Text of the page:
Benito Mussolini

Italian politician and journalist who founded and led the National Fascist Party

Benito Amilcare Andrea Mussolini KSMOM GCTE (29 July 1883 – 28 April 1945) was an Italian politician and journalist who served as Prime Minister of Italy from 1922 to 1943. He also was the leader of the National Fascist Party.

Benito Mussolini
Prime Minister of Italy[a]
In office
31 October 1922 – 25 July 1943
MonarchVictor Emmanuel III
Preceded byLuigi Facta
Succeeded byPietro Badoglio
Duce of the Italian Social Republic
In office
23 September 1943 – 25 April 1945
Preceded byOffice established
Succeeded byOffice abolished
Duce of Fascism
In office
23 March 1919 – 28 April 1945
Preceded byMovement established
Succeeded byMovement abolished
Ministerial positions
Minister of Foreign Affairs
In office
5 February 1943 – 25 July 1943
Prime MinisterHimself
Preceded byGaleazzo Ciano
Succeeded byRaffaele Guariglia
In office
20 July 1932 – 9 June 1936
Prime MinisterHimself
Preceded byDino Grandi
Succeeded byGaleazzo Ciano
In office
30 October 1922 – 12 September 1929
Prime MinisterHimself
Preceded byCarlo Schanzer
Succeeded byDino Grandi
Minister of the Colonies
In office
20 November 1937 – 31 October 1939
Prime MinisterHimself
Preceded byAlessandro Lessona
Succeeded byAttilio Teruzzi
In office
17 January 1935 – 11 June 1936
Prime MinisterHimself
Preceded byEmilio De Bono
Succeeded byAlessandro Lessona
In office
18 December 1928 – 12 September 1929
Prime MinisterHimself
Preceded byLuigi Federzoni
Succeeded byEmilio De Bono
Minister of War
In office
22 July 1933 – 25 July 1943
Prime MinisterHimself
Preceded byPietro Gazzera
Succeeded byAntonio Sorice
In office
4 April 1925 – 12 September 1929
Prime MinisterHimself
Preceded byAntonino Di Giorgio
Succeeded byPietro Gazzera
Minister of Corporations
In office
20 July 1932 – 11 June 1936
Prime MinisterHimself
Preceded byGiuseppe Bottai
Succeeded byFerruccio Lantini
Minister of the Interior
In office
6 November 1926 – 25 July 1943
Prime MinisterHimself
Preceded byLuigi Federzoni
Succeeded byBruno Fornaciari
In office
31 October 1922 – 17 June 1924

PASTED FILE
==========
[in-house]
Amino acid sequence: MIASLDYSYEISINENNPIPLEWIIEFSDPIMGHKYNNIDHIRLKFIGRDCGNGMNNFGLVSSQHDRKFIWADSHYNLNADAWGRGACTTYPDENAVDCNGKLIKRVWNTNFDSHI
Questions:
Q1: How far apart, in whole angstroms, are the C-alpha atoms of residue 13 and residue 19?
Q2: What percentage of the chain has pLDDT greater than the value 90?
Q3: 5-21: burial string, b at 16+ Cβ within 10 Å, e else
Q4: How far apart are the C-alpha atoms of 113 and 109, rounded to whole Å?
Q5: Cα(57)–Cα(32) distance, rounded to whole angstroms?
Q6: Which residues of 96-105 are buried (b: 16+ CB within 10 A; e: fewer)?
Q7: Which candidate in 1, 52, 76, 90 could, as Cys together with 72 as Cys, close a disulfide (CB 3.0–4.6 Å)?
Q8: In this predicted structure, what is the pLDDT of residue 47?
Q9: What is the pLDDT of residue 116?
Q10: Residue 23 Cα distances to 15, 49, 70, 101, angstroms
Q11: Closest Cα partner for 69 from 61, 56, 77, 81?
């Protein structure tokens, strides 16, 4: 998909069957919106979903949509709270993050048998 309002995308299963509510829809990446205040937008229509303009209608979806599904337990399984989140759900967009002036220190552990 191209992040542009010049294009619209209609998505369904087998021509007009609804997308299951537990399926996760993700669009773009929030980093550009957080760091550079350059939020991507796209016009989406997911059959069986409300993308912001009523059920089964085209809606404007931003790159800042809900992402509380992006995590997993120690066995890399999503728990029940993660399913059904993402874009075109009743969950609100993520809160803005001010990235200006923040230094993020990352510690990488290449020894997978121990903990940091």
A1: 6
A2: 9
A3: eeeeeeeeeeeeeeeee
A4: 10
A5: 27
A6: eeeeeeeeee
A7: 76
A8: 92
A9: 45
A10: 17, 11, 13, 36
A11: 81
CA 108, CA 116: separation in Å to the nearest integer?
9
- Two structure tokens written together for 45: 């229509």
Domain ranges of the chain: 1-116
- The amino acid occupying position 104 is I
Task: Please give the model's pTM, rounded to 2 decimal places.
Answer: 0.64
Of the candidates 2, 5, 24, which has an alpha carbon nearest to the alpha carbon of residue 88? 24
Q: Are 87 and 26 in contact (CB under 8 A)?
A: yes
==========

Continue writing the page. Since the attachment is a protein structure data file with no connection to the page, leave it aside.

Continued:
Prime MinisterHimself
Preceded byPaolino Taddei
Succeeded byLuigi Federzoni
Member of the Chamber of Fasces and Corporations
In office
23 March 1939 – 2 August 1943
Member of the Chamber of Deputies
In office
11 June 1921 – 22 March 1939
Personal details
Benito Amilcare Andrea Mussolini

(1883-07-29)29 July 1883
Dovia di Predappio, Forlì, Kingdom of Italy
Died28 April 1945(1945-04-28) (aged 61)
Giulino di Mezzegra, Como, Italian Social Republic
Cause of deathSummary execution
Resting placeSan Cassiano cemetery, Predappio, Italy
Political partyPNF (1921‍–‍1943)
Other political
Height5 ft 7 in (170 cm)
(m. 1914; div. 1915)
(m. 1915)
Domestic partner
RelativesMussolini family
Military service
Allegiance Kingdom of Italy
Branch/service Royal Italian Army
Years of service1915–1917 (active)
Unit11th Bersaglieri Regiment
a. ^ As Head of Government, Prime Minister, Secretary of State from 24 December 1925



Early life

Birthplace of Benito Mussolini in Predappio

Benito Mussolini was named after Benito Juarez, a Mexican opponent of the political power of the Roman Catholic Church, by his anticlerical (a person who opposes the political interference of the Roman Catholic Church in secular affairs) father.[1] Mussolini's father was a blacksmith.[2] Before being involved in politics, Mussolini was a newspaper editor (where he learned all his propaganda skills) and elementary school teacher.[3]

At first, Mussolini was a socialist, but when he wanted Italy to join the First World War, he was thrown out of the socialist party. He 'invented' a new ideology, Fascism, much out of Nationalist and Conservative views.